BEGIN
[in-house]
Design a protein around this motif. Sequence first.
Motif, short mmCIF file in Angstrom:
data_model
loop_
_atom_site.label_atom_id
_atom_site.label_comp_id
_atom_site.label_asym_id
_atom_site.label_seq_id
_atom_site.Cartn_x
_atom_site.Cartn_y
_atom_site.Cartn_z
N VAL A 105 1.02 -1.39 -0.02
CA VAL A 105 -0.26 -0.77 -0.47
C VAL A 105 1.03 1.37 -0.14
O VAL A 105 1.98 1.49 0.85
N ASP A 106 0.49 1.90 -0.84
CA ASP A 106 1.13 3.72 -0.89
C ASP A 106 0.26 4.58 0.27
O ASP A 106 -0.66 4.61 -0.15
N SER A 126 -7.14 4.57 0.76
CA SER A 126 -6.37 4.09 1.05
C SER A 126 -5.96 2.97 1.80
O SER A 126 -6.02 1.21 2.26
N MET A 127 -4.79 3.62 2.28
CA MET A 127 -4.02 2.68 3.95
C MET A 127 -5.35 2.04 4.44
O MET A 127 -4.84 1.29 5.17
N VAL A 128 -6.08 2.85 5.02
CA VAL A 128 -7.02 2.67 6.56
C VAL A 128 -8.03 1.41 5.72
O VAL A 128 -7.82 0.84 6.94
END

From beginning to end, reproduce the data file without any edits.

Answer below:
[in-house]
Design a protein around this motif. Sequence first.
Motif, short mmCIF file in Angstrom:
data_model
loop_
_atom_site.label_atom_id
_atom_site.label_comp_id
_atom_site.label_asym_id
_atom_site.label_seq_id
_atom_site.Cartn_x
_atom_site.Cartn_y
_atom_site.Cartn_z
N VAL A 105 1.02 -1.39 -0.02
CA VAL A 105 -0.26 -0.77 -0.47
C VAL A 105 1.03 1.37 -0.14
O VAL A 105 1.98 1.49 0.85
N ASP A 106 0.49 1.90 -0.84
CA ASP A 106 1.13 3.72 -0.89
C ASP A 106 0.26 4.58 0.27
O ASP A 106 -0.66 4.61 -0.15
N SER A 126 -7.14 4.57 0.76
CA SER A 126 -6.37 4.09 1.05
C SER A 126 -5.96 2.97 1.80
O SER A 126 -6.02 1.21 2.26
N MET A 127 -4.79 3.62 2.28
CA MET A 127 -4.02 2.68 3.95
C MET A 127 -5.35 2.04 4.44
O MET A 127 -4.84 1.29 5.17
N VAL A 128 -6.08 2.85 5.02
CA VAL A 128 -7.02 2.67 6.56
C VAL A 128 -8.03 1.41 5.72
O VAL A 128 -7.82 0.84 6.94